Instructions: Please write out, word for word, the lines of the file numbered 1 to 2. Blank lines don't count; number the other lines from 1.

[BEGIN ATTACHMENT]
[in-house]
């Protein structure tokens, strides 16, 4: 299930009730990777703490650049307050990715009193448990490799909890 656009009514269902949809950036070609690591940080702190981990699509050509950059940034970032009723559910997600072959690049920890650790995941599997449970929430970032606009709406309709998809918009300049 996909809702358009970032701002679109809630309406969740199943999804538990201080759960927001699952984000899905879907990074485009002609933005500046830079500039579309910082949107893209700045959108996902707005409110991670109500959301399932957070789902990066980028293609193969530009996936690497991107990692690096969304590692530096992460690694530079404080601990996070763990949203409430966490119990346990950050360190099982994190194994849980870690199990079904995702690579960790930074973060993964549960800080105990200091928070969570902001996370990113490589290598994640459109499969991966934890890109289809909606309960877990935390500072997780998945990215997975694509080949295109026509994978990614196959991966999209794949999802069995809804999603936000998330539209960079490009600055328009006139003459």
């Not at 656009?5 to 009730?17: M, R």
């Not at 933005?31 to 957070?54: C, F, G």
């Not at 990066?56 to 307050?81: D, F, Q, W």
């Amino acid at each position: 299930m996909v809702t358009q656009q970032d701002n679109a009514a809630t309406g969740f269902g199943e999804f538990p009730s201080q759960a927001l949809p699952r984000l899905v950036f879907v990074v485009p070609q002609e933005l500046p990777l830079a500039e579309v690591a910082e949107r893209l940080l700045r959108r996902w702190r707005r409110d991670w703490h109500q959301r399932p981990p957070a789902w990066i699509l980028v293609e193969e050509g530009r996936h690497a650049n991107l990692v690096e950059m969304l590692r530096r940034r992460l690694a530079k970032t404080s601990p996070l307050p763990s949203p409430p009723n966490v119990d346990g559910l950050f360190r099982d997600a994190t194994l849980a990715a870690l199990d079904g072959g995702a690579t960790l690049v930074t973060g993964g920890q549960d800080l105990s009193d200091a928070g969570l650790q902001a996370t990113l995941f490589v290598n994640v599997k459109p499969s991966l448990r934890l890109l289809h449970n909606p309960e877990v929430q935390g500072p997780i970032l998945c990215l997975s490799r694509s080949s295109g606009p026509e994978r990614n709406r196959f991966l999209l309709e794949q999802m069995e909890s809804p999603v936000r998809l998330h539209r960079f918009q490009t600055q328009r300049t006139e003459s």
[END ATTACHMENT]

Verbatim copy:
[in-house]
């Protein structure tokens, strides 16, 4: 299930009730990777703490650049307050990715009193448990490799909890 656009009514269902949809950036070609690591940080702190981990699509050509950059940034970032009723559910997600072959690049920890650790995941599997449970929430970032606009709406309709998809918009300049 996909809702358009970032701002679109809630309406969740199943999804538990201080759960927001699952984000899905879907990074485009002609933005500046830079500039579309910082949107893209700045959108996902707005409110991670109500959301399932957070789902990066980028293609193969530009996936690497991107990692690096969304590692530096992460690694530079404080601990996070763990949203409430966490119990346990950050360190099982994190194994849980870690199990079904995702690579960790930074973060993964549960800080105990200091928070969570902001996370990113490589290598994640459109499969991966934890890109289809909606309960877990935390500072997780998945990215997975694509080949295109026509994978990614196959991966999209794949999802069995809804999603936000998330539209960079490009600055328009006139003459």